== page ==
The Ramayana

by Manmatha Nath Dutt | 1891 | ISBN-13: 9788171101566

This page describes Chapter XLVIII of the English translation of the Ramayana, one of the largest Sanskrit epics of ancient India revolving around the characters Rama, Sita and Ravana. It was orignally authored by Valmiki at least over 2500 years ago. This is the first book of the Bāla-kāṇḍa (Bala-kanda) of the Ramayana, which consists of 24,000 Sanskrit metrical verses divided oer seven books.

Having met together they enquired after each other’s welfare. And then Sumati spoke to the mighty ascetic, saying.

Good betide you, boasting the prowess of celestials of elephantine or leonine gait, heroic, resembling tigers or bulls, possessed of expansive eyes like lotus-petals, bearing scimitars and bows and quivers, like to the Aśvins in grace, endowed with youth, like to celestials fancy-led, descended from ethereal regions to the earth beneath, whose sons; O ascetic, are these boys, and what for have they come hither, and why also is it that they journey of foot?

And adorning all directions, like to the Sun or the Moon adorning the firmament, and resembling each other, in personal proportions, and expressions, and gestures, and equipped with excellent weapons, and war-like, how have these paragons of men, come into this impracticable way? I Wish to hear all this related truly.

Having heard his words, Viśvāmitra faithfully related all about it. Hearing Viśvāmitra’s words, the king was extremely surprised; and having those sons of Daśaratha as his all-worthy guests, received with becoming respect those highly powerful ones deserving of hospitality.

Meeting with such splendid reception from Sumati, those descendants of Raghu spent there a night, and the next day set out for Mithila.

Beholding Janaka’s beauteous city, the ascetics exclaiming, ‘Excellent’ fell to admiring Mithilā.

And in a grove at Mithilā, Rāghava saw an ancient, lonely, and romantic asylum, and asked that foremost of ascetics, saying.

What is this that look like an asylum, though without any ascetics? I wish to hear, O worshipful one, to whom this asylum belonged in time past.

Hearing this speech addressed by Raghu’s descendant that one versed in speech, the highly energetic and mighty saint, Viśvāmitra, answered.

Ah! Do you listen. I will tell you through the wrath of what high-souled one this hermitage came to he cursed.

O foremost of men, this excellent asylum honoured by the celestials themselves, formerly belonged to the high-souled Gautama.

Here, O illustrious prince, in days of yore Gautama in company with Ahalyā earned on austerities for a long series of years.

And perceiving occasion Śacī’s lord, the thousand-eyed deity assuming the form of that ascetic thus addressed Ahalyā.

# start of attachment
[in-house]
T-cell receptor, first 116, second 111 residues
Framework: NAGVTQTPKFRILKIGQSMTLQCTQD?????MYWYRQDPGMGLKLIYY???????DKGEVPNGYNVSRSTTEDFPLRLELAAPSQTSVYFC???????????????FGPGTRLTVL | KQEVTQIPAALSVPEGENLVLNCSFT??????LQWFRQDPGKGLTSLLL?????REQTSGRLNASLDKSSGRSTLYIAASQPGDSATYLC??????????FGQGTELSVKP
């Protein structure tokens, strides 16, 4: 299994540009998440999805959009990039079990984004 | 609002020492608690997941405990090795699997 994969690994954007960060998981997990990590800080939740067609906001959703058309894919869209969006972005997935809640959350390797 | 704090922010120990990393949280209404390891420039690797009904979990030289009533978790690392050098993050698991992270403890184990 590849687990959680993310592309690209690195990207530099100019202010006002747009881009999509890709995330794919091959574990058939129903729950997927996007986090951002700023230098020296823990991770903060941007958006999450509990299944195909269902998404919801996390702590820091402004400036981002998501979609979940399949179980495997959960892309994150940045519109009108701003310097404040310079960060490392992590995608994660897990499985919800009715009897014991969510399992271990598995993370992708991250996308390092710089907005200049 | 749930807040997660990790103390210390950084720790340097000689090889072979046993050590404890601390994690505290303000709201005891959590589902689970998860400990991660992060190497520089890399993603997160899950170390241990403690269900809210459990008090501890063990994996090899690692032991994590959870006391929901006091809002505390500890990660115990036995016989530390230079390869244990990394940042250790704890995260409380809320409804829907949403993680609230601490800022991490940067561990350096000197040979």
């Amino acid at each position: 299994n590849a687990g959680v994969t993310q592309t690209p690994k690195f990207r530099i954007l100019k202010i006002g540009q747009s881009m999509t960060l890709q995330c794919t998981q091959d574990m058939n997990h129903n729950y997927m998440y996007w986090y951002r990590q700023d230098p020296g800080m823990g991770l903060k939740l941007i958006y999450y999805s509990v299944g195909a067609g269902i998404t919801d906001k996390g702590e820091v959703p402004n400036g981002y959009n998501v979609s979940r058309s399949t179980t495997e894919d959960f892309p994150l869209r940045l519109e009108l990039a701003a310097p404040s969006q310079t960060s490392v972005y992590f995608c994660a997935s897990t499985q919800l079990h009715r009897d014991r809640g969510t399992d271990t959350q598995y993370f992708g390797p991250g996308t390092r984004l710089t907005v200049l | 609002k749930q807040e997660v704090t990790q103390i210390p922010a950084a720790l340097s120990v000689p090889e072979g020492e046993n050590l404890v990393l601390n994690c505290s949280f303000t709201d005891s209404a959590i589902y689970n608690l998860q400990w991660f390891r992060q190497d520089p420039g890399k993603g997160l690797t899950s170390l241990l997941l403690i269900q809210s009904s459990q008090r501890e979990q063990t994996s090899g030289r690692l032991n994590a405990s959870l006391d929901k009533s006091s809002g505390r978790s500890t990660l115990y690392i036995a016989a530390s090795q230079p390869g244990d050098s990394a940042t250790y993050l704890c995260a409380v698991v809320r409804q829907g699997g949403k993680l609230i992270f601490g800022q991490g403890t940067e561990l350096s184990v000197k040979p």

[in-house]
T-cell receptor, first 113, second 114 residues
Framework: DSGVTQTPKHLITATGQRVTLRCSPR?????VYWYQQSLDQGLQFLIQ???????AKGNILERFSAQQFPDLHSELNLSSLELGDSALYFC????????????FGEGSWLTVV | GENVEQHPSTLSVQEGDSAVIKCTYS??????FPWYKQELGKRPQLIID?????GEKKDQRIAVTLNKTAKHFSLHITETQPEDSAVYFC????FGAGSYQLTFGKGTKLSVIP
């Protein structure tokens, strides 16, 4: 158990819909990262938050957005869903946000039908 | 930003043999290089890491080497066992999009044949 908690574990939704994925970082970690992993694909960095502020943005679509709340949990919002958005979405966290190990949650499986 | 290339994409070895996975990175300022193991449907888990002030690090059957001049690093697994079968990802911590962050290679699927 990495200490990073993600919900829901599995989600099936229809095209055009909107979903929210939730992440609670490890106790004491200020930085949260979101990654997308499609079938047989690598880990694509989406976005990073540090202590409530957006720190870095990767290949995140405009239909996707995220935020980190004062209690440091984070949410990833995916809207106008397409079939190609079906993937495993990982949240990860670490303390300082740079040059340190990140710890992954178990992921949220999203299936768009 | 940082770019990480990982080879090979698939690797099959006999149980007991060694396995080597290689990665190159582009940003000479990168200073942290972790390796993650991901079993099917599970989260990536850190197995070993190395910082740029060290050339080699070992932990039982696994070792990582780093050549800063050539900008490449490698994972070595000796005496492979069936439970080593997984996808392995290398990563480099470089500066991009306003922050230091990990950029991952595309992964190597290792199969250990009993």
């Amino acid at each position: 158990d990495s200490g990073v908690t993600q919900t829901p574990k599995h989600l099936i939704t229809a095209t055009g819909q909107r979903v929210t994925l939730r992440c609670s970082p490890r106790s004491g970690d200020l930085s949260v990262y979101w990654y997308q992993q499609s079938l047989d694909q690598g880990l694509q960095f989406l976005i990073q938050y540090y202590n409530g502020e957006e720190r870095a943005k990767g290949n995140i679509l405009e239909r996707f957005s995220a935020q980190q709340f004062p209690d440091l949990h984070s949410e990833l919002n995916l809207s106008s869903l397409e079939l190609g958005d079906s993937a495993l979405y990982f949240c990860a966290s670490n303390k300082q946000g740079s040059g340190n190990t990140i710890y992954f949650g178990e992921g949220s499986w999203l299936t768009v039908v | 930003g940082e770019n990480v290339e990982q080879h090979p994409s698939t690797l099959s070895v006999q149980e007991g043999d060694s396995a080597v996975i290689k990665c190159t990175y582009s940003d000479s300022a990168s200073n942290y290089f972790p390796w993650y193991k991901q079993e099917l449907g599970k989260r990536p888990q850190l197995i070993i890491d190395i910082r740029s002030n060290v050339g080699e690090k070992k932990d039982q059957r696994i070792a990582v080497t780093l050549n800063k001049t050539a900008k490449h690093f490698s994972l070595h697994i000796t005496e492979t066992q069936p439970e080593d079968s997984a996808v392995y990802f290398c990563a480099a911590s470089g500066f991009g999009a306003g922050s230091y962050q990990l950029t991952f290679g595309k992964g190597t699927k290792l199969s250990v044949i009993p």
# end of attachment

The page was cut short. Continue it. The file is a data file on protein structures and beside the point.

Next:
O exceedingly beautiful one, those bent upon sport, do not stay for the menstrual season. And, O graceful one, I desire to enjoy your company (on the instant).

Thereupon, out of curiosity, that one of perverse understanding consented to the proposals of the chief of the celestials.

Then, having attained her object, she spoke to that foremost of the celestials, saying, ‘O best of the immortals, I have obtained my desire, do you speedily go from this place, O lord. Do you, O lord of the celestials, from a sense of respectability preserve yourself and me also.’

Indra too said to Ahalyā, ‘O you of shapely hips, pleased am I. Now I repair to my own place?

Having known her thus, Indra, O Rāma, exceedingly apprehensive of Gautama, then hurriedly sallied out of the thatched cottage.

Just at this time, Indra saw that mighty ascetic Gautama entering, that foremost of anchorets, incapable of being repressed by the deities and the Dānavas, and equipped with ascetic energy, having based in the waters of holy spots, and flaming like fire, carrying faggots and Kuśa grass.

And seeing him, the countenance of the lord of the celestials turned pale. And seeing the wicked thousand-eyed deity in the guise of an ascetic, the well-behaved anchorite fired with rage said.

‘And since, O you of wicked understanding, assuming my form, you have done this foul-deed, you shall lose your scrotum.’

And soon as the high-souled Gautama had said this in ire, the scrotum of the thousand-eyed one dropped to the earth.

And having seen Śakra in this plight, he cursed his wife also, ‘These weary thousand years you shall pass, feeding upon air, without food, engaged in asceticism in the dust, and you shall remain in this hermitage unseen of any. And when the irrepressible son of Daśaratha, Rāma, shall come to this deep wood, you shall be cleansed of your sin. And, O wicked one, ministering to him the rites of hospitality with a mind free from ignorance and covetousness, you shall in your own form with joy regain my side.’

Having said this the highly energetic Gautama of rigid austerities, forsaking this hermitage, began to carry on penances on the romantic summit of the Himavat, inhabited by Siddhas and Cāraṇas.

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